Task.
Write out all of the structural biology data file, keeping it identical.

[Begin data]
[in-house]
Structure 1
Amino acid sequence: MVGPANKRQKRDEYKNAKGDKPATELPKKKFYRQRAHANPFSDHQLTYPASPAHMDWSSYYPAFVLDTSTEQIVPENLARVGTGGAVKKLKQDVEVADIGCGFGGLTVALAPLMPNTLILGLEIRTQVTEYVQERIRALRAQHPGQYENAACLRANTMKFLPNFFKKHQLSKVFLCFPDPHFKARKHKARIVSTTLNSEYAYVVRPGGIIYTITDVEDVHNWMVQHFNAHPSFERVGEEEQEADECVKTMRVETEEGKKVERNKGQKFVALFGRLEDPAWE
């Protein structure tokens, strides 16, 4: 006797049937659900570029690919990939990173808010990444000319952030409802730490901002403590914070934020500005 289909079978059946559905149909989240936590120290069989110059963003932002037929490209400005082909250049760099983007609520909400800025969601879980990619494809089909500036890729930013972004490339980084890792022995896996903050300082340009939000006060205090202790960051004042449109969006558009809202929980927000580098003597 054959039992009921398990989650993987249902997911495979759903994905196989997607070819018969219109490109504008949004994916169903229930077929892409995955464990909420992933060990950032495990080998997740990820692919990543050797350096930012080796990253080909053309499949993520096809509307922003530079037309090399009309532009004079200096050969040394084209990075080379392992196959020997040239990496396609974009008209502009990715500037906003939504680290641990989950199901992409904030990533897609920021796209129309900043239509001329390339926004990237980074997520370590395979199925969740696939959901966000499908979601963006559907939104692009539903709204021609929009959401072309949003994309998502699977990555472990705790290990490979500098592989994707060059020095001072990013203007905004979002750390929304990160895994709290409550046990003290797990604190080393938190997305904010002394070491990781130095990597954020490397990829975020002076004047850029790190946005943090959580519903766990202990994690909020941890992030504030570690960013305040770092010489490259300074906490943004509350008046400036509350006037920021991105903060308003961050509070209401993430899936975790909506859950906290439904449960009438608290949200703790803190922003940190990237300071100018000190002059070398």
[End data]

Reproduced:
[in-house]
Structure 1
Amino acid sequence: MVGPANKRQKRDEYKNAKGDKPATELPKKKFYRQRAHANPFSDHQLTYPASPAHMDWSSYYPAFVLDTSTEQIVPENLARVGTGGAVKKLKQDVEVADIGCGFGGLTVALAPLMPNTLILGLEIRTQVTEYVQERIRALRAQHPGQYENAACLRANTMKFLPNFFKKHQLSKVFLCFPDPHFKARKHKARIVSTTLNSEYAYVVRPGGIIYTITDVEDVHNWMVQHFNAHPSFERVGEEEQEADECVKTMRVETEEGKKVERNKGQKFVALFGRLEDPAWE
């Protein structure tokens, strides 16, 4: 006797049937659900570029690919990939990173808010990444000319952030409802730490901002403590914070934020500005 289909079978059946559905149909989240936590120290069989110059963003932002037929490209400005082909250049760099983007609520909400800025969601879980990619494809089909500036890729930013972004490339980084890792022995896996903050300082340009939000006060205090202790960051004042449109969006558009809202929980927000580098003597 054959039992009921398990989650993987249902997911495979759903994905196989997607070819018969219109490109504008949004994916169903229930077929892409995955464990909420992933060990950032495990080998997740990820692919990543050797350096930012080796990253080909053309499949993520096809509307922003530079037309090399009309532009004079200096050969040394084209990075080379392992196959020997040239990496396609974009008209502009990715500037906003939504680290641990989950199901992409904030990533897609920021796209129309900043239509001329390339926004990237980074997520370590395979199925969740696939959901966000499908979601963006559907939104692009539903709204021609929009959401072309949003994309998502699977990555472990705790290990490979500098592989994707060059020095001072990013203007905004979002750390929304990160895994709290409550046990003290797990604190080393938190997305904010002394070491990781130095990597954020490397990829975020002076004047850029790190946005943090959580519903766990202990994690909020941890992030504030570690960013305040770092010489490259300074906490943004509350008046400036509350006037920021991105903060308003961050509070209401993430899936975790909506859950906290439904449960009438608290949200703790803190922003940190990237300071100018000190002059070398």